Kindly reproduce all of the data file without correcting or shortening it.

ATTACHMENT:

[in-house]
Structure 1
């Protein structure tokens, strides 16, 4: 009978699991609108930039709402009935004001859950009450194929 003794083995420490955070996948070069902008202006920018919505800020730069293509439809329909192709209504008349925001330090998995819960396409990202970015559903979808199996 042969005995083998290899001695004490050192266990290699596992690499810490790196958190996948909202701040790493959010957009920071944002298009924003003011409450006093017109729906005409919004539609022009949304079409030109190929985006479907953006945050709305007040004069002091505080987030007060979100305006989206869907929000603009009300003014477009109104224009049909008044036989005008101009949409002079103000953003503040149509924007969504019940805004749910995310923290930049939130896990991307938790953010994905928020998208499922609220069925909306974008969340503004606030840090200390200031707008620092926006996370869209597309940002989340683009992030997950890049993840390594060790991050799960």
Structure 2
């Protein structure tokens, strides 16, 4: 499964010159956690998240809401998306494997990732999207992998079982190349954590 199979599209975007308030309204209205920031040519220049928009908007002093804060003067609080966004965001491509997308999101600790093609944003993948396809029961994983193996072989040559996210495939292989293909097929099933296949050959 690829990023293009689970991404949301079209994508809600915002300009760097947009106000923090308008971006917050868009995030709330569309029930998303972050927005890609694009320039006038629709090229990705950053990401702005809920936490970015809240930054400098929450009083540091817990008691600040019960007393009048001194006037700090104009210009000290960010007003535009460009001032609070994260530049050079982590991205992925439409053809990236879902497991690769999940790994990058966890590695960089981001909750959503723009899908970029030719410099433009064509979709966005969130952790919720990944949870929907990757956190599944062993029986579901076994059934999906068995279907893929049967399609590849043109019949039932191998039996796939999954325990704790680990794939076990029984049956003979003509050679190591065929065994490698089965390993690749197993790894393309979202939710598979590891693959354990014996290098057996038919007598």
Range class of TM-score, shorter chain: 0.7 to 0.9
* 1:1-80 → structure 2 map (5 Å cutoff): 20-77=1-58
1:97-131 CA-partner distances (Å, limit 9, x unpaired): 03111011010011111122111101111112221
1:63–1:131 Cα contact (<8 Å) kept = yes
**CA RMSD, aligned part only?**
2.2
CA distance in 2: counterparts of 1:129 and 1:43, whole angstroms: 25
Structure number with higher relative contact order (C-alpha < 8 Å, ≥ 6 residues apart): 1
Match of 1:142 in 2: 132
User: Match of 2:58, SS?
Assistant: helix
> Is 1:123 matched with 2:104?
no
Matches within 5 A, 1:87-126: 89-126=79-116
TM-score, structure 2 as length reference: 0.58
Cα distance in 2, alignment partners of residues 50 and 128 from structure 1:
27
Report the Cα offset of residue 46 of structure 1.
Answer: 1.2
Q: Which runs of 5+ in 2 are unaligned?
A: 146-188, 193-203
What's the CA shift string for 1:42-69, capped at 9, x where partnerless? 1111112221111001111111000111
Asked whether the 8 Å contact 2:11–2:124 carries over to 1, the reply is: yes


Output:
[in-house]
Structure 1
């Protein structure tokens, strides 16, 4: 009978699991609108930039709402009935004001859950009450194929 003794083995420490955070996948070069902008202006920018919505800020730069293509439809329909192709209504008349925001330090998995819960396409990202970015559903979808199996 042969005995083998290899001695004490050192266990290699596992690499810490790196958190996948909202701040790493959010957009920071944002298009924003003011409450006093017109729906005409919004539609022009949304079409030109190929985006479907953006945050709305007040004069002091505080987030007060979100305006989206869907929000603009009300003014477009109104224009049909008044036989005008101009949409002079103000953003503040149509924007969504019940805004749910995310923290930049939130896990991307938790953010994905928020998208499922609220069925909306974008969340503004606030840090200390200031707008620092926006996370869209597309940002989340683009992030997950890049993840390594060790991050799960």
Structure 2
């Protein structure tokens, strides 16, 4: 499964010159956690998240809401998306494997990732999207992998079982190349954590 199979599209975007308030309204209205920031040519220049928009908007002093804060003067609080966004965001491509997308999101600790093609944003993948396809029961994983193996072989040559996210495939292989293909097929099933296949050959 690829990023293009689970991404949301079209994508809600915002300009760097947009106000923090308008971006917050868009995030709330569309029930998303972050927005890609694009320039006038629709090229990705950053990401702005809920936490970015809240930054400098929450009083540091817990008691600040019960007393009048001194006037700090104009210009000290960010007003535009460009001032609070994260530049050079982590991205992925439409053809990236879902497991690769999940790994990058966890590695960089981001909750959503723009899908970029030719410099433009064509979709966005969130952790919720990944949870929907990757956190599944062993029986579901076994059934999906068995279907893929049967399609590849043109019949039932191998039996796939999954325990704790680990794939076990029984049956003979003509050679190591065929065994490698089965390993690749197993790894393309979202939710598979590891693959354990014996290098057996038919007598």
Range class of TM-score, shorter chain: 0.7 to 0.9
* 1:1-80 → structure 2 map (5 Å cutoff): 20-77=1-58
1:97-131 CA-partner distances (Å, limit 9, x unpaired): 03111011010011111122111101111112221
1:63–1:131 Cα contact (<8 Å) kept = yes
**CA RMSD, aligned part only?**
2.2
CA distance in 2: counterparts of 1:129 and 1:43, whole angstroms: 25
Structure number with higher relative contact order (C-alpha < 8 Å, ≥ 6 residues apart): 1
Match of 1:142 in 2: 132
User: Match of 2:58, SS?
Assistant: helix
> Is 1:123 matched with 2:104?
no
Matches within 5 A, 1:87-126: 89-126=79-116
TM-score, structure 2 as length reference: 0.58
Cα distance in 2, alignment partners of residues 50 and 128 from structure 1:
27
Report the Cα offset of residue 46 of structure 1.
Answer: 1.2
Q: Which runs of 5+ in 2 are unaligned?
A: 146-188, 193-203
What's the CA shift string for 1:42-69, capped at 9, x where partnerless? 1111112221111001111111000111
Asked whether the 8 Å contact 2:11–2:124 carries over to 1, the reply is: yes